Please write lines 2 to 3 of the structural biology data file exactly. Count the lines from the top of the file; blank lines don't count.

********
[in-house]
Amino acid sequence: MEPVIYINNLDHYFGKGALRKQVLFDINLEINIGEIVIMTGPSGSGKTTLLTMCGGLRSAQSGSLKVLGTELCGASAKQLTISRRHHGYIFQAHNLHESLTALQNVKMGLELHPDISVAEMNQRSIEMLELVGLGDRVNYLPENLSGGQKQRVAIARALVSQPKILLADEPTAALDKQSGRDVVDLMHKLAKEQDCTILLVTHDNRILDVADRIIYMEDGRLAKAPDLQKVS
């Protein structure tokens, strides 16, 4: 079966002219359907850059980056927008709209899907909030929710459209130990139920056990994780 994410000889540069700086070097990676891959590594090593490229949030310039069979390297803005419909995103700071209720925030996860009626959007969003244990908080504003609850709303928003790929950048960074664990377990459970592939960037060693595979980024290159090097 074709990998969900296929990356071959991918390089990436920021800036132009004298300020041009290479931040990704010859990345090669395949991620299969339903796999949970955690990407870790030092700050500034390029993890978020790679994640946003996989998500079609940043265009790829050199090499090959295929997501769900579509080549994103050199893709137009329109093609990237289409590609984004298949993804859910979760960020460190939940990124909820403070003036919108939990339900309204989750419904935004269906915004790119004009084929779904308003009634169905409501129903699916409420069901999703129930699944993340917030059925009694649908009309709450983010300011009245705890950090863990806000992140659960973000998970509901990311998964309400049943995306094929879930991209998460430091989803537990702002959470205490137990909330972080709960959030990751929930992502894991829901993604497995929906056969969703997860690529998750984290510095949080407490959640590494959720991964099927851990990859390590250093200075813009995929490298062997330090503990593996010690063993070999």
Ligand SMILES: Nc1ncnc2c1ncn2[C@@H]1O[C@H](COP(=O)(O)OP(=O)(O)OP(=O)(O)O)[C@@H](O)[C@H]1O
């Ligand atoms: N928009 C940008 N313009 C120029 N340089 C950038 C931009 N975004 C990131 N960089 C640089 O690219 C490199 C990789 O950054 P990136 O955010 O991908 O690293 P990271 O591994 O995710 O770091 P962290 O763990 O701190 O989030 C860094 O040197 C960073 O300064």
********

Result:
Amino acid sequence: MEPVIYINNLDHYFGKGALRKQVLFDINLEINIGEIVIMTGPSGSGKTTLLTMCGGLRSAQSGSLKVLGTELCGASAKQLTISRRHHGYIFQAHNLHESLTALQNVKMGLELHPDISVAEMNQRSIEMLELVGLGDRVNYLPENLSGGQKQRVAIARALVSQPKILLADEPTAALDKQSGRDVVDLMHKLAKEQDCTILLVTHDNRILDVADRIIYMEDGRLAKAPDLQKVS
């Protein structure tokens, strides 16, 4: 079966002219359907850059980056927008709209899907909030929710459209130990139920056990994780 994410000889540069700086070097990676891959590594090593490229949030310039069979390297803005419909995103700071209720925030996860009626959007969003244990908080504003609850709303928003790929950048960074664990377990459970592939960037060693595979980024290159090097 074709990998969900296929990356071959991918390089990436920021800036132009004298300020041009290479931040990704010859990345090669395949991620299969339903796999949970955690990407870790030092700050500034390029993890978020790679994640946003996989998500079609940043265009790829050199090499090959295929997501769900579509080549994103050199893709137009329109093609990237289409590609984004298949993804859910979760960020460190939940990124909820403070003036919108939990339900309204989750419904935004269906915004790119004009084929779904308003009634169905409501129903699916409420069901999703129930699944993340917030059925009694649908009309709450983010300011009245705890950090863990806000992140659960973000998970509901990311998964309400049943995306094929879930991209998460430091989803537990702002959470205490137990909330972080709960959030990751929930992502894991829901993604497995929906056969969703997860690529998750984290510095949080407490959640590494959720991964099927851990990859390590250093200075813009995929490298062997330090503990593996010690063993070999």